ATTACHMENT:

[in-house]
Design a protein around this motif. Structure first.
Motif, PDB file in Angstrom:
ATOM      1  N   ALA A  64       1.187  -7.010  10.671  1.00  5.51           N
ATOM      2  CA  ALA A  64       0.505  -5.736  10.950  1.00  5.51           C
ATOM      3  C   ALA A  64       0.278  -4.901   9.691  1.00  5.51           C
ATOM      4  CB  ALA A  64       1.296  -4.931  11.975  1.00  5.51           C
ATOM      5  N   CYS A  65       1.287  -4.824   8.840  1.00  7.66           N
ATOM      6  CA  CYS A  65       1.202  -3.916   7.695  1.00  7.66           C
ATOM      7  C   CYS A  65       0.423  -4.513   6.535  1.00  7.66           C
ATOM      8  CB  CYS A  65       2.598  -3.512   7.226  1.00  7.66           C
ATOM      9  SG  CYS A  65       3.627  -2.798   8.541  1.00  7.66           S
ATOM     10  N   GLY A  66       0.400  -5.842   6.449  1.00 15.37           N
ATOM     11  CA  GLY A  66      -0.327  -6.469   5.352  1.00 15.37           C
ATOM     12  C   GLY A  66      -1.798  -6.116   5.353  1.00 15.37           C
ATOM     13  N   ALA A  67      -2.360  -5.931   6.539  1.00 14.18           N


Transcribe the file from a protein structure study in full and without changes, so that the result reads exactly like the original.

[in-house]
Design a protein around this motif. Structure first.
Motif, PDB file in Angstrom:
ATOM      1  N   ALA A  64       1.187  -7.010  10.671  1.00  5.51           N
ATOM      2  CA  ALA A  64       0.505  -5.736  10.950  1.00  5.51           C
ATOM      3  C   ALA A  64       0.278  -4.901   9.691  1.00  5.51           C
ATOM      4  CB  ALA A  64       1.296  -4.931  11.975  1.00  5.51           C
ATOM      5  N   CYS A  65       1.287  -4.824   8.840  1.00  7.66           N
ATOM      6  CA  CYS A  65       1.202  -3.916   7.695  1.00  7.66           C
ATOM      7  C   CYS A  65       0.423  -4.513   6.535  1.00  7.66           C
ATOM      8  CB  CYS A  65       2.598  -3.512   7.226  1.00  7.66           C
ATOM      9  SG  CYS A  65       3.627  -2.798   8.541  1.00  7.66           S
ATOM     10  N   GLY A  66       0.400  -5.842   6.449  1.00 15.37           N
ATOM     11  CA  GLY A  66      -0.327  -6.469   5.352  1.00 15.37           C
ATOM     12  C   GLY A  66      -1.798  -6.116   5.353  1.00 15.37           C
ATOM     13  N   ALA A  67      -2.360  -5.931   6.539  1.00 14.18           N